I recently had a meeting with my boss about many things, mostly having to do with technology because I’m the emerging technology/web 2.0 librarian. We talked for quite awhile and as we were wrapping up she asked me if there was anything else I wanted to discuss. I looked down at my notes where I had scribbled: Coffee Cop. I took a deep breath.
Every library I’ve ever worked in has struggled with the idea of food and beverages in the library. Traditional thought follows the line that such items would be banned to protect the books, carpet, furniture and computers.
I know that my current library has been very strict about enforcing the no beverages/no food in the library except for one small area of the library we call the cafe area. The cafe area has easy chairs, the magazines, a fireplace, some small tables and chairs, a counter top with stools and even has a small pod coffee pot that dispenses a cup of coffee for $1.
By not allowing anything other than bottled water in the rest of the library, we have essentially been put in the role of Coffee Cop. People wander in with their Dunkin Donuts cup and their laptop and we pounce on them and tell them they need to drink their coffee in the cafe area.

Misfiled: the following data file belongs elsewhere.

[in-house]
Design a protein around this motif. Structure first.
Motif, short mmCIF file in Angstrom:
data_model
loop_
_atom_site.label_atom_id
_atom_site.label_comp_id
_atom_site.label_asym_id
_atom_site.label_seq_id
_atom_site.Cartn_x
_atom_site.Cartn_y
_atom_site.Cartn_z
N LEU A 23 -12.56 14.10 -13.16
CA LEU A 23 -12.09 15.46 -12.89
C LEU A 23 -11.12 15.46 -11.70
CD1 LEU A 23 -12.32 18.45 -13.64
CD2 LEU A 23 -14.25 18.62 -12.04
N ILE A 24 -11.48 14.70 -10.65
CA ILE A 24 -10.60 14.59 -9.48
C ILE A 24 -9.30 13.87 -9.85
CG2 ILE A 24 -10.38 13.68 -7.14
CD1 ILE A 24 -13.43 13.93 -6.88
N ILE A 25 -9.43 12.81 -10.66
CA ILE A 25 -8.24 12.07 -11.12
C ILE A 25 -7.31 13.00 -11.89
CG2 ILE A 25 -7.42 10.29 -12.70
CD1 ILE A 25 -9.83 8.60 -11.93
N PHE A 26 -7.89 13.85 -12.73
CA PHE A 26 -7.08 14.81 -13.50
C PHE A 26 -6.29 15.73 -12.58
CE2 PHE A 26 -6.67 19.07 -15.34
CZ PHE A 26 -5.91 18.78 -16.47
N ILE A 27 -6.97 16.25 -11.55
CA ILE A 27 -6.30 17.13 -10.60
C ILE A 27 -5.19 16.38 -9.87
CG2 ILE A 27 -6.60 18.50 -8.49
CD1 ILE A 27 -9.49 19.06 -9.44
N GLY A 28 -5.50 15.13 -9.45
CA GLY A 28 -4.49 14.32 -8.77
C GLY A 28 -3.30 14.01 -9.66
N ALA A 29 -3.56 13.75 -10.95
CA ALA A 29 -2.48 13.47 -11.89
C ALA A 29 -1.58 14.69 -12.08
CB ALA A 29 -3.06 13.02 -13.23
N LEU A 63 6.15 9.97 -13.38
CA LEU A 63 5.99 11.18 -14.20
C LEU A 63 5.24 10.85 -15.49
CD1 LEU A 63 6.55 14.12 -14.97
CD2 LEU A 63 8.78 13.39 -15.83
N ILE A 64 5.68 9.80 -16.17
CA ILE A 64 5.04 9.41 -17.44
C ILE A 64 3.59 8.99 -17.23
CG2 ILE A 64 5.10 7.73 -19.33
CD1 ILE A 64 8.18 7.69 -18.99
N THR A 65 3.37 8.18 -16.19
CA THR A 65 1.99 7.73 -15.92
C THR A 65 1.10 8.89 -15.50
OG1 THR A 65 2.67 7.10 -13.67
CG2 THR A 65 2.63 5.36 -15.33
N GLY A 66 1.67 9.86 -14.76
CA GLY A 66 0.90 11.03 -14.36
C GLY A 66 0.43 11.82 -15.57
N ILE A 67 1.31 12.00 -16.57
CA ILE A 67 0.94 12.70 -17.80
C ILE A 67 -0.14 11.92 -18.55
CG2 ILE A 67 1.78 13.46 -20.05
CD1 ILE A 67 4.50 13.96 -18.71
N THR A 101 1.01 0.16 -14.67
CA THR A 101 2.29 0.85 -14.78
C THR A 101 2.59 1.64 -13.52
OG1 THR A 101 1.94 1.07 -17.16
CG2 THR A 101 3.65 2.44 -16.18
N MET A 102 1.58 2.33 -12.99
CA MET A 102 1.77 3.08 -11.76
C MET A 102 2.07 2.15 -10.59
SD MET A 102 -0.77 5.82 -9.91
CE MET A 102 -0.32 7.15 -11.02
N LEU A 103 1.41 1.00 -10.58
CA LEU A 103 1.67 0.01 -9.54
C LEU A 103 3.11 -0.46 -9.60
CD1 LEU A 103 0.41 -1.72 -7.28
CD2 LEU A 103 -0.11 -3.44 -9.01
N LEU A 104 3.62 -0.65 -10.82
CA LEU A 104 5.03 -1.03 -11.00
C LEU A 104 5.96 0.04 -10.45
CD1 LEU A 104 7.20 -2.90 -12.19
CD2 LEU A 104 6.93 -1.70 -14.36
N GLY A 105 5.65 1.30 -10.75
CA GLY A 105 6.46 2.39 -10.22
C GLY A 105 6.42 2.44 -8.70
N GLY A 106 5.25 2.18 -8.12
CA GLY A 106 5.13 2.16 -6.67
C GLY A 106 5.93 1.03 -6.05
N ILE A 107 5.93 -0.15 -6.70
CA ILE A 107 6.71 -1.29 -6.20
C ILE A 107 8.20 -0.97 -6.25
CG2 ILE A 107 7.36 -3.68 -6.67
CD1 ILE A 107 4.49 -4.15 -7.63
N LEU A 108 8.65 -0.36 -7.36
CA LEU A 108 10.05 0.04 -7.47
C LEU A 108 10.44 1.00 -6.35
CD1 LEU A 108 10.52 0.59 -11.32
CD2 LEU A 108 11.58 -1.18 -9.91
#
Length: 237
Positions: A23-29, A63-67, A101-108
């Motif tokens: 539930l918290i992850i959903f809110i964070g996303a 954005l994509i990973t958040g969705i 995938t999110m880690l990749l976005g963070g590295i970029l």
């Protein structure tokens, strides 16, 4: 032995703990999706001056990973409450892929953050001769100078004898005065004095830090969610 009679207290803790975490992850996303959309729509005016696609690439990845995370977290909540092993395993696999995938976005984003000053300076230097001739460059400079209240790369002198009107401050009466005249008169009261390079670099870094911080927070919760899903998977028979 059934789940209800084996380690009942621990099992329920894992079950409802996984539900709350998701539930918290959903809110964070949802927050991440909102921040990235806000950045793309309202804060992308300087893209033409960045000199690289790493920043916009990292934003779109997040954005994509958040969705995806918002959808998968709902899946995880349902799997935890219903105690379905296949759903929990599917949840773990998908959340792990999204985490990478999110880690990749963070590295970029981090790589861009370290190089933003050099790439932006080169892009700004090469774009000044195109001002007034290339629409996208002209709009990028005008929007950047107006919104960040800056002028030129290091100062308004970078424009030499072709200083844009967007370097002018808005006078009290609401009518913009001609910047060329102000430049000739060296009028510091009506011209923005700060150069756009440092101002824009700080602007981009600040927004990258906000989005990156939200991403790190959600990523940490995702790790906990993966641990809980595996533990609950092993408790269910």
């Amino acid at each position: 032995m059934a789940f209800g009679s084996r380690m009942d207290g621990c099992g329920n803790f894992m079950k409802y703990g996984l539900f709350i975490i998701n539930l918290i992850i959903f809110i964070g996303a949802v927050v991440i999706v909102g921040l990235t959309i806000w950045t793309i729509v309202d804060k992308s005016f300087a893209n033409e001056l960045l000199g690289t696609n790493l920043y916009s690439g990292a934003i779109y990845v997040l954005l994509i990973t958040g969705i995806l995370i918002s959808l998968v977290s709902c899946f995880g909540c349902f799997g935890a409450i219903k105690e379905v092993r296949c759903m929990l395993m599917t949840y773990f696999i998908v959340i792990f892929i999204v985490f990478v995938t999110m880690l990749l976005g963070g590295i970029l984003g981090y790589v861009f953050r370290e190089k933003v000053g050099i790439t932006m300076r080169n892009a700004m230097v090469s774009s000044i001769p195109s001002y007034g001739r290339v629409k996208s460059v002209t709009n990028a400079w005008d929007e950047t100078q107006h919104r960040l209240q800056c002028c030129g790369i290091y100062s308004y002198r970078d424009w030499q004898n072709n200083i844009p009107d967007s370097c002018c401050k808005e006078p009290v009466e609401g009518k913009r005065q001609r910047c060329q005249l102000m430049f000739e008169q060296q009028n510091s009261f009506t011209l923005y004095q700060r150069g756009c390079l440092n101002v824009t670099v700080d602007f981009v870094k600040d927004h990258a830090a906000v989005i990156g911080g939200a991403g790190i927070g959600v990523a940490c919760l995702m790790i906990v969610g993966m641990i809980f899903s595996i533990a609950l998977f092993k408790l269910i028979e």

The problem with our current set of rules is that it creates an adversarial relationship immediately upon our customer entering the library. “Hey, you can’t have that in here.” This is a problem. There are so many folks bringing in coffee that it is a daily occurrence, sometimes several times a day. Is this how we want to greet our customers?
What are we worried about? The carpet? It can be cleaned or a square replaced. The keyboards? They are relatively inexpensive. Books? We allow books out of the library …in fact, we encourage it and god knows what people do with the books at home. I myself have eaten meals while reading, read in the bathtub, taken books to the beach and propped a cookbook up on the counter for reference as I cooked. There just isn’t a compelling enough argument to justify creating an unwelcoming atmosphere.
I stated my case and my boss said she’d think about it and that we should talk about it as a group.
In an atmosphere where we fear decreased funding and we are looking to our customers to be our voice. I say, welcome them into the library with open arms, coffee and all.
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